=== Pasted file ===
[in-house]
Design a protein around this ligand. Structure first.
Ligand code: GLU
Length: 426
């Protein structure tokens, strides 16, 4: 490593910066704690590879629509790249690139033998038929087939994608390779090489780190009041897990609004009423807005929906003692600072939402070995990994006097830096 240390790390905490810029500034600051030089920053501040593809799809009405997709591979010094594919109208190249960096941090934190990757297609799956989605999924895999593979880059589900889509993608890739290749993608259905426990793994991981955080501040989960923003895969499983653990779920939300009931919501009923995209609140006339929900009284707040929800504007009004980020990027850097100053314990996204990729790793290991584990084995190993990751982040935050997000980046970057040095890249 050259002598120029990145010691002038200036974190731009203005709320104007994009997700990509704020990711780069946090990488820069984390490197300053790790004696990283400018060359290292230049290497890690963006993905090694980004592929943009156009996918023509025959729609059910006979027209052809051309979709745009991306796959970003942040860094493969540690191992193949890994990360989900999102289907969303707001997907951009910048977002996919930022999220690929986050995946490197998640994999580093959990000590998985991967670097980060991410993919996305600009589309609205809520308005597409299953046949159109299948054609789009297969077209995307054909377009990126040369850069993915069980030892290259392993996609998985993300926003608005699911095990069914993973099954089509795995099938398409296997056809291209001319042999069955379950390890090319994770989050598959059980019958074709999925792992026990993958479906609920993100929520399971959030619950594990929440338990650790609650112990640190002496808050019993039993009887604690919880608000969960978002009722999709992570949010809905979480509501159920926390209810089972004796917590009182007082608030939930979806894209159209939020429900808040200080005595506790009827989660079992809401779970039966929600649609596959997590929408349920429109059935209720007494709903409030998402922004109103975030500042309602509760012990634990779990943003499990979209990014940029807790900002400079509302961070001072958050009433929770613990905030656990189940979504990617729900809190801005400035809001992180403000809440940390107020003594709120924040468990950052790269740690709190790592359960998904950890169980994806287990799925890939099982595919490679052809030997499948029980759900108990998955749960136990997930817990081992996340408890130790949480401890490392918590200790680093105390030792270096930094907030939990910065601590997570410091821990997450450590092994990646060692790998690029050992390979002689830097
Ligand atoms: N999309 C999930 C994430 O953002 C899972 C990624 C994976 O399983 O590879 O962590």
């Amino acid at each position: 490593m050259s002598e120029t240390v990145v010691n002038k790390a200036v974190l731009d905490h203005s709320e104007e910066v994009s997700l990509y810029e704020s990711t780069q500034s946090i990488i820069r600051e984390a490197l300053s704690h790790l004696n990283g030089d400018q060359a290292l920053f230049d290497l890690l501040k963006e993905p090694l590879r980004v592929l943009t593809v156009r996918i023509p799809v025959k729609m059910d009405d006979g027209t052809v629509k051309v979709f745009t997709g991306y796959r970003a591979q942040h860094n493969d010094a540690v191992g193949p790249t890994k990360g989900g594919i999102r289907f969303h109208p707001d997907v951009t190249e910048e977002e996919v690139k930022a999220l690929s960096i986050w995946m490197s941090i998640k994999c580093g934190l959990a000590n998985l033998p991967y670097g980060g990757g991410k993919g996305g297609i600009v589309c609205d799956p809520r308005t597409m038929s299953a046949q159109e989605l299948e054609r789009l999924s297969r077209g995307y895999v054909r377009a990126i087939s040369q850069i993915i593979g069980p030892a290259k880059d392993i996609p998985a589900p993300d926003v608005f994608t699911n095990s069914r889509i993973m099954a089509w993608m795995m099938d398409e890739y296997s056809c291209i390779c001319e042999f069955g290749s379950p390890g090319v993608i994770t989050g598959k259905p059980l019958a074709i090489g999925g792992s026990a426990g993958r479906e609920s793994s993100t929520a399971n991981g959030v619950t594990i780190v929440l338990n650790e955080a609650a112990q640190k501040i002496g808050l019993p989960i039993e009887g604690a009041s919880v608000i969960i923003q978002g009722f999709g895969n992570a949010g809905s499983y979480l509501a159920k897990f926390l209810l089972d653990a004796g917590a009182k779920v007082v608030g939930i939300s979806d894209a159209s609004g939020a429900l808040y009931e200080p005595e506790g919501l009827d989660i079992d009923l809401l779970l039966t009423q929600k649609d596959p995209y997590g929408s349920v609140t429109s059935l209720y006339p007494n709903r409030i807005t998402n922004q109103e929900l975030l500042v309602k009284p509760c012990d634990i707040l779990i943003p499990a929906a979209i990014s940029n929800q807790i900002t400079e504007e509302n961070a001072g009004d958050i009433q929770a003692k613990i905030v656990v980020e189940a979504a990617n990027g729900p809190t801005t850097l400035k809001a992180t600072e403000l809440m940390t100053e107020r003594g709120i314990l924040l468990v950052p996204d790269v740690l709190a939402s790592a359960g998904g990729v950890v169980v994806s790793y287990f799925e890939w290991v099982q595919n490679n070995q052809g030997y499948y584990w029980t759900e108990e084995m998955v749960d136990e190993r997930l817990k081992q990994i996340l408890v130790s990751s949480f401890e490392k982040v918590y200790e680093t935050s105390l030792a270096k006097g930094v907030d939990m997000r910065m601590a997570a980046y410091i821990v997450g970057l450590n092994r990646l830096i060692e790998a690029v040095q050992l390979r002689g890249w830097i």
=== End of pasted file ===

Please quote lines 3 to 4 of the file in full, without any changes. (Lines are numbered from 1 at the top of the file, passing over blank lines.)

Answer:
Ligand code: GLU
Length: 426